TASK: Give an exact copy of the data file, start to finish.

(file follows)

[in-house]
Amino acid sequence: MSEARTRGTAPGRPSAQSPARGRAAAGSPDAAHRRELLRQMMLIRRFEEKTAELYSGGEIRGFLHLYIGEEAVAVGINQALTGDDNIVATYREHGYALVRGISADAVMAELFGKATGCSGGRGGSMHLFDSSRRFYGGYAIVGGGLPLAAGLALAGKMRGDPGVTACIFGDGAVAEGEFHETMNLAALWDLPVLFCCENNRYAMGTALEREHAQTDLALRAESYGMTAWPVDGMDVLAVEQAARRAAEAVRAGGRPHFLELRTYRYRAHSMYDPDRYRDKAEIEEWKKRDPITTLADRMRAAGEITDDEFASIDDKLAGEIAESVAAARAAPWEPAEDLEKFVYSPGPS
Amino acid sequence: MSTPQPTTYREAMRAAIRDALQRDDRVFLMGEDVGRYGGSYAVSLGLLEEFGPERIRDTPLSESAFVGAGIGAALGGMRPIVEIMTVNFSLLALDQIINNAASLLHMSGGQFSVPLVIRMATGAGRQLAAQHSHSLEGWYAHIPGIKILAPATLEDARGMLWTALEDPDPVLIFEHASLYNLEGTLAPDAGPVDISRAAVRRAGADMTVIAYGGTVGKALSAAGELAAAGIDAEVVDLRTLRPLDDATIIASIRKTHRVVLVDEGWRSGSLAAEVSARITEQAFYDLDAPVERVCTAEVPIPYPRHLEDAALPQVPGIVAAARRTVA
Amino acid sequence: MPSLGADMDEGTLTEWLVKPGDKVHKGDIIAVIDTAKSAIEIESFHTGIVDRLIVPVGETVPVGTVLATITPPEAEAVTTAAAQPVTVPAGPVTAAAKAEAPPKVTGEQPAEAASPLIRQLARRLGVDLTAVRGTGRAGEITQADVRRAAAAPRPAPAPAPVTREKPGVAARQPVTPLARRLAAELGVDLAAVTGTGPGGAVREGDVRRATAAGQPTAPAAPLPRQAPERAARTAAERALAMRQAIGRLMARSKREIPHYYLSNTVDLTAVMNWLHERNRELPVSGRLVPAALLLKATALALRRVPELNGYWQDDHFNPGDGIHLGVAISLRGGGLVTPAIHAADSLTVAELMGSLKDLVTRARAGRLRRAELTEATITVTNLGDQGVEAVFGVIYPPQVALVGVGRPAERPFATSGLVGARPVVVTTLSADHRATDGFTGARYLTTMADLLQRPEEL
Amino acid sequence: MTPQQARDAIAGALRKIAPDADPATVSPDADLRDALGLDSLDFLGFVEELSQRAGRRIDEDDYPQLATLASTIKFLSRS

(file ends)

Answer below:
[in-house]
Amino acid sequence: MSEARTRGTAPGRPSAQSPARGRAAAGSPDAAHRRELLRQMMLIRRFEEKTAELYSGGEIRGFLHLYIGEEAVAVGINQALTGDDNIVATYREHGYALVRGISADAVMAELFGKATGCSGGRGGSMHLFDSSRRFYGGYAIVGGGLPLAAGLALAGKMRGDPGVTACIFGDGAVAEGEFHETMNLAALWDLPVLFCCENNRYAMGTALEREHAQTDLALRAESYGMTAWPVDGMDVLAVEQAARRAAEAVRAGGRPHFLELRTYRYRAHSMYDPDRYRDKAEIEEWKKRDPITTLADRMRAAGEITDDEFASIDDKLAGEIAESVAAARAAPWEPAEDLEKFVYSPGPS
Amino acid sequence: MSTPQPTTYREAMRAAIRDALQRDDRVFLMGEDVGRYGGSYAVSLGLLEEFGPERIRDTPLSESAFVGAGIGAALGGMRPIVEIMTVNFSLLALDQIINNAASLLHMSGGQFSVPLVIRMATGAGRQLAAQHSHSLEGWYAHIPGIKILAPATLEDARGMLWTALEDPDPVLIFEHASLYNLEGTLAPDAGPVDISRAAVRRAGADMTVIAYGGTVGKALSAAGELAAAGIDAEVVDLRTLRPLDDATIIASIRKTHRVVLVDEGWRSGSLAAEVSARITEQAFYDLDAPVERVCTAEVPIPYPRHLEDAALPQVPGIVAAARRTVA
Amino acid sequence: MPSLGADMDEGTLTEWLVKPGDKVHKGDIIAVIDTAKSAIEIESFHTGIVDRLIVPVGETVPVGTVLATITPPEAEAVTTAAAQPVTVPAGPVTAAAKAEAPPKVTGEQPAEAASPLIRQLARRLGVDLTAVRGTGRAGEITQADVRRAAAAPRPAPAPAPVTREKPGVAARQPVTPLARRLAAELGVDLAAVTGTGPGGAVREGDVRRATAAGQPTAPAAPLPRQAPERAARTAAERALAMRQAIGRLMARSKREIPHYYLSNTVDLTAVMNWLHERNRELPVSGRLVPAALLLKATALALRRVPELNGYWQDDHFNPGDGIHLGVAISLRGGGLVTPAIHAADSLTVAELMGSLKDLVTRARAGRLRRAELTEATITVTNLGDQGVEAVFGVIYPPQVALVGVGRPAERPFATSGLVGARPVVVTTLSADHRATDGFTGARYLTTMADLLQRPEEL
Amino acid sequence: MTPQQARDAIAGALRKIAPDADPATVSPDADLRDALGLDSLDFLGFVEELSQRAGRRIDEDDYPQLATLASTIKFLSRS